Chinese medicine practitioners believe that physical health issues are connected to a person’s emotional state and vice versa. Emotions are viewed as an integrated aspect of organ functions, and are sometimes the root cause of disease. Depression can have multiple causes from a Chinese medicine perspective. We make sure we take sufficient time to determine what organ system or element is dysfunctional so that we can work on the root of the problem. We do this by asking specific questions about your health and wellbeing, we feel your pulse and we take a look at your tongue. By inserting fine needles into various points on the body, such as the fingers, hands, wrists, ankles, and feet, we rebalance the body and mind, in order to improve the symptoms.
Depression is traditionally treated with medication and/or psychological intervention. Sometimes this works great and symptoms disappear, in other cases life remains a struggle. If you are one of those people for whom traditional treatments do not work as well as they should or if you prefer alternative treatments, acupuncture is a great way of managing your symptoms. Remember we're not against medical intervention and acupuncture can be used in conjunction to medication or counselling.
What is the current research status on acupuncture and depression?
In 2017 the Australian Acupuncture and Chinese Medicine Association (AACMA) funded The Acupuncture Evidence Project*: a comparative literature review of the effectiveness of acupuncture in 122 common conditions. Acupuncture for depression was assessed as having a ‘potential positive effect’.
* McDonald J, Janz S. The Acupuncture Evidence Project: A Comparative Literature Review (Revised edition). © Australian Acupuncture and Chinese Medicine Association Ltd, 2017.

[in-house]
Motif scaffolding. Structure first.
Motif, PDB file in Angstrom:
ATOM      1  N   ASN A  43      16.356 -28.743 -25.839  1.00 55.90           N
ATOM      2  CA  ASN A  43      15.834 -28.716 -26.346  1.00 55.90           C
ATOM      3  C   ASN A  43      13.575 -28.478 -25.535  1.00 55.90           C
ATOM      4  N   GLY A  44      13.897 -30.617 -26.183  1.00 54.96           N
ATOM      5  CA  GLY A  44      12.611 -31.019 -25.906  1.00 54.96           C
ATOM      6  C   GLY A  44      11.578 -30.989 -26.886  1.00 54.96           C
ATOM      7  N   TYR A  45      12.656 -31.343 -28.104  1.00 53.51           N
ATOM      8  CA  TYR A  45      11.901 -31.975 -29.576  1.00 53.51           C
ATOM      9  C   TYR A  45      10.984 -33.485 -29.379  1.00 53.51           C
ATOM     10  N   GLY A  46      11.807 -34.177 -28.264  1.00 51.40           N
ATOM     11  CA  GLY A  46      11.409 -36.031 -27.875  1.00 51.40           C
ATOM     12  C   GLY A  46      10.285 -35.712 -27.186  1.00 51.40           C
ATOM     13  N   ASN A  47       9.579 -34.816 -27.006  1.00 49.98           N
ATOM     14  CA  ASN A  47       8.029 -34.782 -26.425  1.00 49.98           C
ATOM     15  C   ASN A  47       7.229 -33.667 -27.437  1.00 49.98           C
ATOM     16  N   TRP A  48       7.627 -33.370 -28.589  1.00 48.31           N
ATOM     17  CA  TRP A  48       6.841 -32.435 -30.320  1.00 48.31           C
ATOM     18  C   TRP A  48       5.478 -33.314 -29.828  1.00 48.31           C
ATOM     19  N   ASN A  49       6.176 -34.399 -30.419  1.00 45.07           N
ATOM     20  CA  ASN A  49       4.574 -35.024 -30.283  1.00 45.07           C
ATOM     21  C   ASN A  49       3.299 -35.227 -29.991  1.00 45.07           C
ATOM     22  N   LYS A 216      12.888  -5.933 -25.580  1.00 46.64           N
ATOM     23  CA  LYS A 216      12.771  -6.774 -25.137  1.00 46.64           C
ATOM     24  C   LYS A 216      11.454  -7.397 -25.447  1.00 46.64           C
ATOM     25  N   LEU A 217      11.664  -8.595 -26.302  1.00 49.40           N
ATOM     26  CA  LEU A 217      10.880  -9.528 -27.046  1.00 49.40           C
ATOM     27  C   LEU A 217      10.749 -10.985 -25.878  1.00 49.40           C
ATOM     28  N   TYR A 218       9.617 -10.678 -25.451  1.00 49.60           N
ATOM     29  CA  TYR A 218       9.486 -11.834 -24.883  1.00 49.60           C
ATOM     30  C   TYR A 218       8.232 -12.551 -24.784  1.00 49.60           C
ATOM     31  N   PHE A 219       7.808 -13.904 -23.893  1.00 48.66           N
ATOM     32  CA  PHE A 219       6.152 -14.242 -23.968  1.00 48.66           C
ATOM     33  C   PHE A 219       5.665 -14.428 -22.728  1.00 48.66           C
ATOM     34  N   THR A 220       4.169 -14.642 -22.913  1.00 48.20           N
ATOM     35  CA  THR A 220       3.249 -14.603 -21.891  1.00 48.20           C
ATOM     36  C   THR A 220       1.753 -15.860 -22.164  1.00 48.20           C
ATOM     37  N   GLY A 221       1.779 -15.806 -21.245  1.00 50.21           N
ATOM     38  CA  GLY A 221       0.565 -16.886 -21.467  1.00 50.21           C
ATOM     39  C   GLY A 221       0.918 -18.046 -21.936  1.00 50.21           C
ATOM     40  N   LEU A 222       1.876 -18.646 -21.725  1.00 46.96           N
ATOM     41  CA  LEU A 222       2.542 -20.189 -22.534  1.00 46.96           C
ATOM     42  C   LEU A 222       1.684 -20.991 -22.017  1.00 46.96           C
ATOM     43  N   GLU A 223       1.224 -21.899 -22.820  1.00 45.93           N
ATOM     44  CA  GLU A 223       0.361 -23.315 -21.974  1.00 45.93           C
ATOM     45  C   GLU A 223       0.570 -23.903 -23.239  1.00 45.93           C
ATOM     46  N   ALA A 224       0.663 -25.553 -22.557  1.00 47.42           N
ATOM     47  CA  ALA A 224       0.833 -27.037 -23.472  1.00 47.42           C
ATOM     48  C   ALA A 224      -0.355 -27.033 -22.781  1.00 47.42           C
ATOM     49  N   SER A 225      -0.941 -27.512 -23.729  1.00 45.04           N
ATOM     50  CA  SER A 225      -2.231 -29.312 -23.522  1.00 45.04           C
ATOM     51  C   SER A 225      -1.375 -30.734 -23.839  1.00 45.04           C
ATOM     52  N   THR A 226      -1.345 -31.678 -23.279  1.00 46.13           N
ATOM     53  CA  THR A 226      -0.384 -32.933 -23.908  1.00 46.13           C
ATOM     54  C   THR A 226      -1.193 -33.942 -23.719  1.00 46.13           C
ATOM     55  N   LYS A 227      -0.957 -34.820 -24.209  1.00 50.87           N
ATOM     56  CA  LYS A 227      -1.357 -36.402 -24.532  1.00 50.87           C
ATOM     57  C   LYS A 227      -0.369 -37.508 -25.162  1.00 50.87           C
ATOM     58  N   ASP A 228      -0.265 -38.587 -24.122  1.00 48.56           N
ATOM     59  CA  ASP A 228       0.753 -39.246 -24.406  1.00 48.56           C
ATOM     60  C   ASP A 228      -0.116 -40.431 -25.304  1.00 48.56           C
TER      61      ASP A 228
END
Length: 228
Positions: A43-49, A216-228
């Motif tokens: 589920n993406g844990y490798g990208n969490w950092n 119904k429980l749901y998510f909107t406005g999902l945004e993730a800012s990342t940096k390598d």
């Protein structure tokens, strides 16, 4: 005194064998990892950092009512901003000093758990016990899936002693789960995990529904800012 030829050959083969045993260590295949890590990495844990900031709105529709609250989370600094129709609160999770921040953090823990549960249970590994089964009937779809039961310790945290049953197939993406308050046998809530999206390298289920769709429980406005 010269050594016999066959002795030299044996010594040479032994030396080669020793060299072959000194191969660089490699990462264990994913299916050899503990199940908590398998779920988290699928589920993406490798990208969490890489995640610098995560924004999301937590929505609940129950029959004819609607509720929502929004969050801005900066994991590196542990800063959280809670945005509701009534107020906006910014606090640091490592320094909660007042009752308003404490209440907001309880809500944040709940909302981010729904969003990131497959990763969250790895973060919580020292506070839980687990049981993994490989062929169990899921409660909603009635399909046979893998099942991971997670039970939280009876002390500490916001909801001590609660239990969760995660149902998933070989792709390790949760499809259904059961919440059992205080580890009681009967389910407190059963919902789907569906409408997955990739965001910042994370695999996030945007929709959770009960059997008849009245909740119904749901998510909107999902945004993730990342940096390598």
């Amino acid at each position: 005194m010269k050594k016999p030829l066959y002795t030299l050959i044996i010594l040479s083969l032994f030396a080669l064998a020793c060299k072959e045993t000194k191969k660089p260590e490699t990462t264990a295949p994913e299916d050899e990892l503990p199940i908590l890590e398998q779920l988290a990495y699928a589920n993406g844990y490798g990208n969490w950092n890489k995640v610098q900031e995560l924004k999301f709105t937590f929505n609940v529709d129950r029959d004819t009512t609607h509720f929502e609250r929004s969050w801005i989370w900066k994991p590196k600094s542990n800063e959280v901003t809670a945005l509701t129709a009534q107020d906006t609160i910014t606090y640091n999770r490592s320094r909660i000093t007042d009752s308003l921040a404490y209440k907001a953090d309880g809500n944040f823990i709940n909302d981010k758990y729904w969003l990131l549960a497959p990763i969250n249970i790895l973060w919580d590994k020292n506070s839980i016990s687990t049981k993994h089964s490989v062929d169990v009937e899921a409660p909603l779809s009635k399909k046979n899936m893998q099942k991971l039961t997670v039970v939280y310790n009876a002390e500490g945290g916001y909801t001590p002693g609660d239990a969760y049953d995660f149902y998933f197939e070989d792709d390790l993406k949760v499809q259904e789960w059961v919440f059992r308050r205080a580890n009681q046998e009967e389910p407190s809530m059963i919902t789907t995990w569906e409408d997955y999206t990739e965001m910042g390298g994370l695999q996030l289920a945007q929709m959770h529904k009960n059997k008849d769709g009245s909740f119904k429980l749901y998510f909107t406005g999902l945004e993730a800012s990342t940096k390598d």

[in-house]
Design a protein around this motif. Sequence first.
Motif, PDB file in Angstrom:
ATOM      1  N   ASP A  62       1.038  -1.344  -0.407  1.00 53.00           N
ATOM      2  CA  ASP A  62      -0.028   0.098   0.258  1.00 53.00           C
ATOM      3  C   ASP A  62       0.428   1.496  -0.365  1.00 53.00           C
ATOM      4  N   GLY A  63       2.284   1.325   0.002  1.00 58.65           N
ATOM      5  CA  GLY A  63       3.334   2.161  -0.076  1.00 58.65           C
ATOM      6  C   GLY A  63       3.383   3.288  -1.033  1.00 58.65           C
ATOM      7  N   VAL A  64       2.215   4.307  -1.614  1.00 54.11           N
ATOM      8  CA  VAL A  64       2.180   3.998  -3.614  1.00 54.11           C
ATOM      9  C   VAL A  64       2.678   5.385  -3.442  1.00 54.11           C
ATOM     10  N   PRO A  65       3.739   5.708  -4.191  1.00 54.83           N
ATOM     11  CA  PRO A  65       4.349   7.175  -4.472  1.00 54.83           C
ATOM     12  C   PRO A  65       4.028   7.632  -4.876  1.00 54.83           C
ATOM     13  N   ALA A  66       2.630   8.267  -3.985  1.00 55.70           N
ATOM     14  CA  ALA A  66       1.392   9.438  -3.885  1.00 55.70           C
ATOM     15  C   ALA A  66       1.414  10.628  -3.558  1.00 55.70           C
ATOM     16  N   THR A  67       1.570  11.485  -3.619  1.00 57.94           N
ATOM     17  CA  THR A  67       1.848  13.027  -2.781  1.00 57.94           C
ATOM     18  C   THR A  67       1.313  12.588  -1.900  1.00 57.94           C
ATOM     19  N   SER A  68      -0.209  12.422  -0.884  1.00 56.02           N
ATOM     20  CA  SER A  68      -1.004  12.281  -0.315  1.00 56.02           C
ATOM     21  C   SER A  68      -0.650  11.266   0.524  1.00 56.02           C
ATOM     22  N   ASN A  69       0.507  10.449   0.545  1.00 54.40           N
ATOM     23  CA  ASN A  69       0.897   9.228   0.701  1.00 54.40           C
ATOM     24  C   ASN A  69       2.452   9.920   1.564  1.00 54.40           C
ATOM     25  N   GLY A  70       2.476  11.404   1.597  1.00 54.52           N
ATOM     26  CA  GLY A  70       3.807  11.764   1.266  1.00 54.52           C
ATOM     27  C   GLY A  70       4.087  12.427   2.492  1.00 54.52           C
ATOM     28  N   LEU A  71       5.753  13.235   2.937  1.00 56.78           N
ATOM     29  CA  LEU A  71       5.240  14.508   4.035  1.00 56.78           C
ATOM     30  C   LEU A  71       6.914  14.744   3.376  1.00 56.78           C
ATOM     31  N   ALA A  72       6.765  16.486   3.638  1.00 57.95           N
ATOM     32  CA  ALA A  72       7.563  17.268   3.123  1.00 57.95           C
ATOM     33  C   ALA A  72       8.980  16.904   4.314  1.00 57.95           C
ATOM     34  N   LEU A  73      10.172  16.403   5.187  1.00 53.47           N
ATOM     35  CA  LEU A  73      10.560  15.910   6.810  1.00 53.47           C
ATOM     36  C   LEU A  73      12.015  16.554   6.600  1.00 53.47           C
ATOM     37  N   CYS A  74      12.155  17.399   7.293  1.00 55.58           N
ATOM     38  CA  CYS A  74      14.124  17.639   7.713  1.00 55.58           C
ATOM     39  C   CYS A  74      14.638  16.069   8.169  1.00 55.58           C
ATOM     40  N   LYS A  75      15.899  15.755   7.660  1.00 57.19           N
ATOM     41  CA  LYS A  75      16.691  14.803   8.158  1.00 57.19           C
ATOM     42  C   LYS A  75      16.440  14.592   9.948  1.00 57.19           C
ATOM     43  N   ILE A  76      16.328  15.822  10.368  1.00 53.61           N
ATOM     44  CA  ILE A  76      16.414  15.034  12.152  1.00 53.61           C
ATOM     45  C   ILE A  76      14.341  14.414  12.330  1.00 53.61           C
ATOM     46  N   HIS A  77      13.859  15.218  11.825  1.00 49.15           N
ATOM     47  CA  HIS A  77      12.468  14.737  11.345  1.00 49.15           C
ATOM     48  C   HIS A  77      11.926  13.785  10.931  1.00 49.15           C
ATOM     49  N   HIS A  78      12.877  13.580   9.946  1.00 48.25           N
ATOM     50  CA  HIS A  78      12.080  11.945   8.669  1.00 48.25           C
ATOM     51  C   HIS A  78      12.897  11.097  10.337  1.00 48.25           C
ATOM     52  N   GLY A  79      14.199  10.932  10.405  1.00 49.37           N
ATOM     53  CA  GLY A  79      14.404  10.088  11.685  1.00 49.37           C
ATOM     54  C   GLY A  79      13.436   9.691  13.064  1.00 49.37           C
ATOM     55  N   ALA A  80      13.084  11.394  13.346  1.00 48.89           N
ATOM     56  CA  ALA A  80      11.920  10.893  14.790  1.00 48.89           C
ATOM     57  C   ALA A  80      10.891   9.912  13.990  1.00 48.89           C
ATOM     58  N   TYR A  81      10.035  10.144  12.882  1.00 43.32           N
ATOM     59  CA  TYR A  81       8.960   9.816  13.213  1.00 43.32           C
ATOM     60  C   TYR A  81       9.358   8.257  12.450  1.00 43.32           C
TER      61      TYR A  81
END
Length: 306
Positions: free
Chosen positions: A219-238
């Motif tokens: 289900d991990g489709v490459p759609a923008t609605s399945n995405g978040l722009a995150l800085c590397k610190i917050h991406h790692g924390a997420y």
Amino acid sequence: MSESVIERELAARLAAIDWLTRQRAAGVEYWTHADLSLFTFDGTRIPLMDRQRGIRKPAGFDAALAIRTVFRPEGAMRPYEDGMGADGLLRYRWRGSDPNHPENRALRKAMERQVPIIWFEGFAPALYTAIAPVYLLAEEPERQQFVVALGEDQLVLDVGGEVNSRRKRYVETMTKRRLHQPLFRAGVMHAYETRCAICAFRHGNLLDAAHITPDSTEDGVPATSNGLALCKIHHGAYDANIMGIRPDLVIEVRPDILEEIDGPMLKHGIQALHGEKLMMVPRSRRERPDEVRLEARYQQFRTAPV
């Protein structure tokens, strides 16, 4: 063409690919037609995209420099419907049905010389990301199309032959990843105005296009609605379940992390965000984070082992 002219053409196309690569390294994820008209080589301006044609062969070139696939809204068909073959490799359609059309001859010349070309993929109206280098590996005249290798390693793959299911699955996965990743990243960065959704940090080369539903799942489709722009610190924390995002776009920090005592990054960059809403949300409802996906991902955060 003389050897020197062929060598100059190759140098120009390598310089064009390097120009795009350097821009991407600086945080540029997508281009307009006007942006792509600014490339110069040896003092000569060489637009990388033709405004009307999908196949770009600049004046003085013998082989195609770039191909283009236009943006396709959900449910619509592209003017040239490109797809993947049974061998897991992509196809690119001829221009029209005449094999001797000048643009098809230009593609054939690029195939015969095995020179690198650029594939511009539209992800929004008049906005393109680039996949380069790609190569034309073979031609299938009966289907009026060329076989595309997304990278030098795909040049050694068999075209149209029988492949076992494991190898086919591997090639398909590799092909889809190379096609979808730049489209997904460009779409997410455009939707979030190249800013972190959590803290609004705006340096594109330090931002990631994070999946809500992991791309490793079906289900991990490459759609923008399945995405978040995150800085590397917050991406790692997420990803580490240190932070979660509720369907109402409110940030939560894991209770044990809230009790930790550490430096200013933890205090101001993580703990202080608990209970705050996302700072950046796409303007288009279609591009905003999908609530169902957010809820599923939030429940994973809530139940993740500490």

What is involved in an acupuncture session?
Every session starts with discussing your current symptoms and overall health. To get further information we will then feel your pulse and have a look at your tongue. We decide on the points that we will be using that session and insert fine needles into those points. The needles will stay in place for 20-30 minutes during which you can rest and relax. After the needles have been removed you can get up again and continue your day.
What can I expect after my acupuncture session?
Most people rest deeply whilst having acupuncture and feel very relaxed after the session. There is nothing in particular that you need to do or not do afterwards, just do what feels good to you. In the days after the treatment you will start to notice the positive effects the session has on your health and wellbeing. The effects are accumulative, that means that after more sessions the effects tend to last longer. We will discuss during your first session what is to be expected in your particular case and how many sessions will be needed.
Can I claim my acupuncture session on insurance?
Most Private Health Funds cover acupuncture however it is important to check your level of cover with your health fund prior to your treatment. We do have HICAPS facilities so if you’re covered you will only have to pay the gap.
What is the easiest way to book my acupuncture session?
You can call, text or send us an email (use the buttons below). We will respond to you as soon as we can to get you a suitable time for your session. You can also book online here.
Read our Blog: How to take control of Depression and beat the darkness.
Read our Blog: NAC for Mental Health.
Download our E-book: Top 5 tips to deal with your Depression.